Thursday, June 6, 2013

Wool Omnibus -- Hugh Howey

Hugh Howey doesn't need a review from me, but I'm going to give him one anyway.

Chances are that if you like science fiction, you've heard of the Wool phenomenon by now.  Howey is an indie author who sold so many copies of this book that traditional publishers came knocking on his door, offering him a contract.  He finally got one to agree to buy just the print rights, keeping the very lucrative e-book rights for himself -- a deal that would have been unthinkable just a few years ago.

Howey wrote and released these stories one at a time. The first is a novella; the following four books get progressively longer.  All of them tell the story of the inhabitants of an underground silo in post-apocalypse America.  The air outside is toxic, and no one ever goes outside -- except for certain people who, charged with egregious crimes against the silo government, are sentenced to clean the camera that provides the silo with a view of the outside world.  The criminals are sent out in a pressurized suit, and given steel wool with which to clean the camera lens.  Something always happens out there, and they never come back.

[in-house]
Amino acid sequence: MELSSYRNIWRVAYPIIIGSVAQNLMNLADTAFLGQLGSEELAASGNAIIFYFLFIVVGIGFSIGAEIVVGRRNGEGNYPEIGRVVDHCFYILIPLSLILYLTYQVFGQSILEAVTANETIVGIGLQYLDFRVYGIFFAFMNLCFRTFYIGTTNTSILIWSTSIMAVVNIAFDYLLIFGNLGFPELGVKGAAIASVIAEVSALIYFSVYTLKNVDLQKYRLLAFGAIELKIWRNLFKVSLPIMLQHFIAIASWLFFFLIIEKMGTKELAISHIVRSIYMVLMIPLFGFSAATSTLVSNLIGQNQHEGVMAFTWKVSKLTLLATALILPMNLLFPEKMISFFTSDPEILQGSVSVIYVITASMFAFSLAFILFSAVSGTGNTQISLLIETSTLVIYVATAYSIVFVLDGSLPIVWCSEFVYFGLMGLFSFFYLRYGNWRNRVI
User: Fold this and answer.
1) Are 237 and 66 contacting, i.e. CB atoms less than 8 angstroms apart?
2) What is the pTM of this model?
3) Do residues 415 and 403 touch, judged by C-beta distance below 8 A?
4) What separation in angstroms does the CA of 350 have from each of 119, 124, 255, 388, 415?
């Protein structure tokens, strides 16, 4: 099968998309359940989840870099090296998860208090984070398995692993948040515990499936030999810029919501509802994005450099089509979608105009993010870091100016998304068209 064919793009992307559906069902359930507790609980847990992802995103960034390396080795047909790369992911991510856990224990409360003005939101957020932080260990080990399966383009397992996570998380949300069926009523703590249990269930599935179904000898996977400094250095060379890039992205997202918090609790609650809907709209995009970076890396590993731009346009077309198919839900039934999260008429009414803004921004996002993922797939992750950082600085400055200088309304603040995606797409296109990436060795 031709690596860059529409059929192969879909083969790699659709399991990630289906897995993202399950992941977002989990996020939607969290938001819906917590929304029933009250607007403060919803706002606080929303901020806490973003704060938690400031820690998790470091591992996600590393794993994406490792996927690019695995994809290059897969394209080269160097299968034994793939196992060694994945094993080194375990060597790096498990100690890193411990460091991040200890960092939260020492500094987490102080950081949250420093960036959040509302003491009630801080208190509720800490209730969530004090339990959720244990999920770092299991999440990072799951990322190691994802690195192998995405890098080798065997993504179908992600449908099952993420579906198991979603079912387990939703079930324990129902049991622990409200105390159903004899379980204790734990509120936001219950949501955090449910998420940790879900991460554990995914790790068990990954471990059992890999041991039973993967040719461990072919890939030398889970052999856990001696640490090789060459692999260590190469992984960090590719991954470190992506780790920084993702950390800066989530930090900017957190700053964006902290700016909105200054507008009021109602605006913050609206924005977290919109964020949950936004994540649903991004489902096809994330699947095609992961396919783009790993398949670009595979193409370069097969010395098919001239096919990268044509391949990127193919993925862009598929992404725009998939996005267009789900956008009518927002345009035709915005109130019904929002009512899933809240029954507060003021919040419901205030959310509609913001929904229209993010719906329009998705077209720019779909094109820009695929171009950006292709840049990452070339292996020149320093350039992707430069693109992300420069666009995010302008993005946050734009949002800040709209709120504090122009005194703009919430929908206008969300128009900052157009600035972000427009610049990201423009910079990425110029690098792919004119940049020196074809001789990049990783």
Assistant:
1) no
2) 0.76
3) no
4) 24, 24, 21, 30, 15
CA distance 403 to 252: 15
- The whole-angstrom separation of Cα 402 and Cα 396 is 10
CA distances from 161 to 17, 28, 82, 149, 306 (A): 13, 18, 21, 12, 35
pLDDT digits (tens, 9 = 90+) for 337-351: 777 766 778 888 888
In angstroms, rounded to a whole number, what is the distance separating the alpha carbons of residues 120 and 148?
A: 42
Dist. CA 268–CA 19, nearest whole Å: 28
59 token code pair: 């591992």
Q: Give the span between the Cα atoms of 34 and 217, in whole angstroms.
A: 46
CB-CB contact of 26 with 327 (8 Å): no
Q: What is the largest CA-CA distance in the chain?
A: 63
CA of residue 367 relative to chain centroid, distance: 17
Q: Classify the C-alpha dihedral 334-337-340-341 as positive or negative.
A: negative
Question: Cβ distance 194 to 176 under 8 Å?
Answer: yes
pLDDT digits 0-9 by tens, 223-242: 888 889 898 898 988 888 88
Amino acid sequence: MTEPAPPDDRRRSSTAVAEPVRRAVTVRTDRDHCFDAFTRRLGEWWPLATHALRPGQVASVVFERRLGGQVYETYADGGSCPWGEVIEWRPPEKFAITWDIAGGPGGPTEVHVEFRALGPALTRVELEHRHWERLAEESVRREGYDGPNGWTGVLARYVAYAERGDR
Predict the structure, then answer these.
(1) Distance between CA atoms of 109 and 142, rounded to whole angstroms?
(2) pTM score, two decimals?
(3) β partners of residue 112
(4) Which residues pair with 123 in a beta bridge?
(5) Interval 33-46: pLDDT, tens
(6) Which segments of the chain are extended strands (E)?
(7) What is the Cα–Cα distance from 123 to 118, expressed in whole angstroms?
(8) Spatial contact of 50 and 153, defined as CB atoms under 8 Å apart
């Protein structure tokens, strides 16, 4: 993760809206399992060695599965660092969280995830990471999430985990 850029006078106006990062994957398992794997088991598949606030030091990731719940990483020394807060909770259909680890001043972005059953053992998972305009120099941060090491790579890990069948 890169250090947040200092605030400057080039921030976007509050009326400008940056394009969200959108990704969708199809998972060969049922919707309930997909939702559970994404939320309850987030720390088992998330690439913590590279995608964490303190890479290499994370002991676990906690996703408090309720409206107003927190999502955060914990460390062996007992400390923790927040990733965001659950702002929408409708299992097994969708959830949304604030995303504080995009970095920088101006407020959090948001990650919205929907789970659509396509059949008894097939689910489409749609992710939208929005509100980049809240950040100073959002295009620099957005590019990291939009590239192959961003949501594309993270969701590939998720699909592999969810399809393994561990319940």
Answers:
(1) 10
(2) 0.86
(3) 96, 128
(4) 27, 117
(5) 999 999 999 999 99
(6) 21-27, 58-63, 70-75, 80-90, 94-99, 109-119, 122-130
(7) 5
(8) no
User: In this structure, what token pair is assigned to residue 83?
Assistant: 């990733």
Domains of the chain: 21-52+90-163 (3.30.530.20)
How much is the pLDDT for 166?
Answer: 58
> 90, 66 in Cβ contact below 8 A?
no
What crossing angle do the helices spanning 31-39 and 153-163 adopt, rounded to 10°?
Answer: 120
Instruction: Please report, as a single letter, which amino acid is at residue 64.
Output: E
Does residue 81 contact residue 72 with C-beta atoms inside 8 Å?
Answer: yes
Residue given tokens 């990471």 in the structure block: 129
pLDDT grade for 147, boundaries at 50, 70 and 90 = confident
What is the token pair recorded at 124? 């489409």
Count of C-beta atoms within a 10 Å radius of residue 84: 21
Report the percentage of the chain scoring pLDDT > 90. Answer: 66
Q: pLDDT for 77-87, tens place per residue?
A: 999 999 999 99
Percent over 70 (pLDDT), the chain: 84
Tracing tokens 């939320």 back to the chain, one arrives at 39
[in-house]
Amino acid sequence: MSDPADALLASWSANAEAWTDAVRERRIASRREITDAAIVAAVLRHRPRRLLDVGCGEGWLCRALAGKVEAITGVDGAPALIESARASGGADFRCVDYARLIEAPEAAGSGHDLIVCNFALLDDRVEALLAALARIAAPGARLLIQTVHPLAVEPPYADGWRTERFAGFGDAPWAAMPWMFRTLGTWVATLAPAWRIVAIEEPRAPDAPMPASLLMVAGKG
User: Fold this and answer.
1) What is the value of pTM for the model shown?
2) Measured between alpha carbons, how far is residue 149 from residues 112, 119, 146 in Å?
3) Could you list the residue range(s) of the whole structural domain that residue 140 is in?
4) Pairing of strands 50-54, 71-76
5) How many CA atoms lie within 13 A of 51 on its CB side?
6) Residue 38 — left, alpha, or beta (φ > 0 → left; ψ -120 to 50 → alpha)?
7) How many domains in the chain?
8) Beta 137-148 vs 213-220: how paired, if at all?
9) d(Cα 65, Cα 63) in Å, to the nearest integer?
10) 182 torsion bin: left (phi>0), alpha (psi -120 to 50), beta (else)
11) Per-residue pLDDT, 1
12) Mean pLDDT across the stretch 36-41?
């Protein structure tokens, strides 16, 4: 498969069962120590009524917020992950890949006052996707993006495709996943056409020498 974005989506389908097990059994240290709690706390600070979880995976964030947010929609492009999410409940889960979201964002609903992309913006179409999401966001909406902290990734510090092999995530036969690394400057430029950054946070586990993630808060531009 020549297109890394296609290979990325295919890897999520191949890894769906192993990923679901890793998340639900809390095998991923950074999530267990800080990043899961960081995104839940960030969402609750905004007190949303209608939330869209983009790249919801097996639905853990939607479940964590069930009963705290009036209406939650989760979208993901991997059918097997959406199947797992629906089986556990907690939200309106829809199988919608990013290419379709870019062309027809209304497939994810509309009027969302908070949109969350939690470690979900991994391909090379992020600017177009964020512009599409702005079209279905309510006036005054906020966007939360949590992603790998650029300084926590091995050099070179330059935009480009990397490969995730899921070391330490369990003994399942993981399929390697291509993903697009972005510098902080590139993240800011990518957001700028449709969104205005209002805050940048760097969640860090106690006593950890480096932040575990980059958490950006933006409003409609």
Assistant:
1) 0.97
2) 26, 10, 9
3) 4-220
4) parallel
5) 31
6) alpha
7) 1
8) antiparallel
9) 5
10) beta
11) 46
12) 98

It would be a giant spoiler to explain why those sentenced to clean the camera actually follow through with it, and another giant spoiler to explain why they all die out there.  So I won't say any more, other than to say that if you haven't read Wool yet, I recommend that you do so at your earliest convenience.  I've also heard that the next volume, Shift, is just as good, and I've added it to my tottering TBR pile.  And I've pretty much forgiven Howey for beating me out for best sci-fi/fantasy novel in the Big Al's Books and Pals Reader's Choice Awards this year.

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